Hurling and camogie

No-one deserved to lose momentous semi-final showdown says Clare ace John Conlon

Neil Loughran

DESPITE a couple of taps on the shoulder from Croke Park press people, John Conlon wasn't in the mood for stopping in the moments after Saturday's helter-skelter All-Ireland semi-final clash with Galway.

Adrenaline still coursing through his veins, the talismanic Clare forward wore a wide smile as he defied attempts to curtail his interview, gleefully looking back at the 90-plus minutes of mayhem that had just taken place.

A last-gasp leveller from substitute Jason McCarthy secured another bite at the cherry for the Bannermen, but in truth they may well have left Dublin reflecting on what might have been as the injury-ravaged All-Ireland champions looked there for the taking.

But Conlon is happy enough to go again, and happy enough to be heading for Thurles next Sunday for more of the same.

“It was fantastic stuff, it was exhilarating,” said the Clonara ace.

“Even at the end there, [Galway goalkeeper] James Skehill and myself were in around the square with a minute to go and we just said ‘no-one deserves to lose this'.

“Thankfully Jason got that great score at the end. I suppose it had similarities to Domhnall O'Donovan's score [in the drawn 2013 All-Ireland final], lads working it up the field and to have that composure and leadership to go on and do that with the last puck of the ball meant a lot to us.

“Hopefully it will give us a push for next week.”

The Banner will be hoping to avoid a similar start when they take the field at Semple Stadium, however, having found themselves nine points down after just 16 minutes as Galway came flying out of the traps.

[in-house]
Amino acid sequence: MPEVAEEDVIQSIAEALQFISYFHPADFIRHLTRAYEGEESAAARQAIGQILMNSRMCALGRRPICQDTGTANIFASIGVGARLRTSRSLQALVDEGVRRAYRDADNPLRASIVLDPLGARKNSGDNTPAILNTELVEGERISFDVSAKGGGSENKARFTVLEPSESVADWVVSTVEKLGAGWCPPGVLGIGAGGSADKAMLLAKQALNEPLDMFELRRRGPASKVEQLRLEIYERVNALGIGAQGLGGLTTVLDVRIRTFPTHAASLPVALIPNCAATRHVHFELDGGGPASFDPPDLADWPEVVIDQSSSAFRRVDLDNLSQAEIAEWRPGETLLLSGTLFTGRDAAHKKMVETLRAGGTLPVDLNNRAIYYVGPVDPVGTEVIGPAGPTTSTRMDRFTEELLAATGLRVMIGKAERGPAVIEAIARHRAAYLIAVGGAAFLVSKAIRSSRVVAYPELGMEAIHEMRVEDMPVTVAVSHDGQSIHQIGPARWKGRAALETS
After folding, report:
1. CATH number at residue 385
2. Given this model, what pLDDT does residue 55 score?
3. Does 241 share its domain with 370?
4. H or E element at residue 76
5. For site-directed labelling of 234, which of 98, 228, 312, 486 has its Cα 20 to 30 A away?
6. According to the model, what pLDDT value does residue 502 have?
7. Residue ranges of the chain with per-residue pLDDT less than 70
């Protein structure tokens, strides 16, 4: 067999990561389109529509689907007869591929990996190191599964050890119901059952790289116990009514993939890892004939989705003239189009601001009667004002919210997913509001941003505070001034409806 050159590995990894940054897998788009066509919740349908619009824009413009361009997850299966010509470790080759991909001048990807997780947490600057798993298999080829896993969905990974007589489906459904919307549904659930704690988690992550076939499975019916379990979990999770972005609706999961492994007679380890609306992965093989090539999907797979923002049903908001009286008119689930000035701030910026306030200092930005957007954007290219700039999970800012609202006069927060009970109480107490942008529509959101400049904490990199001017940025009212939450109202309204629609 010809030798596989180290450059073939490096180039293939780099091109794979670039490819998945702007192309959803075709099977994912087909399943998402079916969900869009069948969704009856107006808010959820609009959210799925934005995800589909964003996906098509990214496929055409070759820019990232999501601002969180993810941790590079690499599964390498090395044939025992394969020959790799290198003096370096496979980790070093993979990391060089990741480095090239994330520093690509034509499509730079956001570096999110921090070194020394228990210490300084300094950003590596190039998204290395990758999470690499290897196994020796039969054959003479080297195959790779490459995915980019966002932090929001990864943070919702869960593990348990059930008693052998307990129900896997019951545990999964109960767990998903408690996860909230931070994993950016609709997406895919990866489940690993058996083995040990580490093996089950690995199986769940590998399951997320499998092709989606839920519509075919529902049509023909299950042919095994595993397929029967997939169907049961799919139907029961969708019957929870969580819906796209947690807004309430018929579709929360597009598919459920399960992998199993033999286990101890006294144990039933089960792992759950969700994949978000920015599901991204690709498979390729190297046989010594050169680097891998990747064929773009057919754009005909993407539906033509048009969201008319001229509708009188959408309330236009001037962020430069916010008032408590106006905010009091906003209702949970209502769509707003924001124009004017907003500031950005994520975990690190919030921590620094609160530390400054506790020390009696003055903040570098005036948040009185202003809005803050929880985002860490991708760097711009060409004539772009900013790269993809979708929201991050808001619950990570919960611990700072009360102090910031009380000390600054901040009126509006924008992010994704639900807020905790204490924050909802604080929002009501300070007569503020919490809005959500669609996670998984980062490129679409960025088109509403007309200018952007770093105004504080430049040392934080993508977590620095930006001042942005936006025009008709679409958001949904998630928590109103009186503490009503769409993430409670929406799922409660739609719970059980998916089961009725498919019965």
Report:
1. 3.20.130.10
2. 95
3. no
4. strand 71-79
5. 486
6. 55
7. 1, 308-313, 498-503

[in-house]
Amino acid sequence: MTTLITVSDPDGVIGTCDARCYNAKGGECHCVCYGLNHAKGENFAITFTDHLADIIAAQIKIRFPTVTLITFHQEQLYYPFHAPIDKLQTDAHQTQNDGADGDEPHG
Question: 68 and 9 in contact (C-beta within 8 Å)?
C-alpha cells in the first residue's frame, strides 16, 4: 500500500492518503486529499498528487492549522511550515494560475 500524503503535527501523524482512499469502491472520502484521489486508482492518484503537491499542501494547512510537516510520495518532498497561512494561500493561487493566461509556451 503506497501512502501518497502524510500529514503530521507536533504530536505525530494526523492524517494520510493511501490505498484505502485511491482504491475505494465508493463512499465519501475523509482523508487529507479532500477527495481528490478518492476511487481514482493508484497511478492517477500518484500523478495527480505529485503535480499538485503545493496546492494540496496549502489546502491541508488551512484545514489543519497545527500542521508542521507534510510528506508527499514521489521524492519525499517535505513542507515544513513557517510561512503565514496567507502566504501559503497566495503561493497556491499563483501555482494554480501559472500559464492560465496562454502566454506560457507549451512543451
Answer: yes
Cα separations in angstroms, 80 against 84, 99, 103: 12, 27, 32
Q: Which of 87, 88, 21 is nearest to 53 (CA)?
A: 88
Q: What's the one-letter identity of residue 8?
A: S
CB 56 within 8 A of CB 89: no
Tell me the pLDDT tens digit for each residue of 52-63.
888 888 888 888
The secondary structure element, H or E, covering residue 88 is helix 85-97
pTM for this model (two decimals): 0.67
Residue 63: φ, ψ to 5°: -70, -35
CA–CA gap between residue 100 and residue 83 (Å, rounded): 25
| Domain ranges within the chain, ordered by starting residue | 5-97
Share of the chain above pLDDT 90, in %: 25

And Conlon admits they were aware that the reigning All-Ireland champions would try and go for the jugular early on.

“Things didn't look good but we had said during the week that could happen. Galway are that good, they blew us off the field for the first 15-20 minutes,” continued the 29-year-old.

“We were fairly sloppy, maybe we were a bit nervous about being in Croke Park, but we got our composure. Tony [Kelly] was moved to midfield and he made a big difference, he sort of drew them out and got a couple of big scores when we needed them and got us on the scoreboard and things started to tick.

“We knew at half-time we were well in the game and that we'd have our purple patch and we drove on when it mattered.”

And it was after the break that Conlon finally sparkled into life having been starved of any meaningful possession in the first half.

Dropping out around the half-forward line and pulling marker Daithi Burke out to the wings, he finished up with four points from play.

Much of the pre-match talk had surrounded Conlon's battle with Burke, who shrugged off concerns about an ankle injury to play the full game, and the focus is already turning to the renewal of that rivalry on Sunday.

“It's a battle every week.

“I had Liam Ryan against Wexford and that was a big battle, it was no different with Daithi. He's a fantastic hurler and a fantastic full-back. I relished it because that's where you want to be – you want to be up against the best and test yourself against the best.

“I'm looking forward to next week and I'm sure he is too.”

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Hurling and camogie

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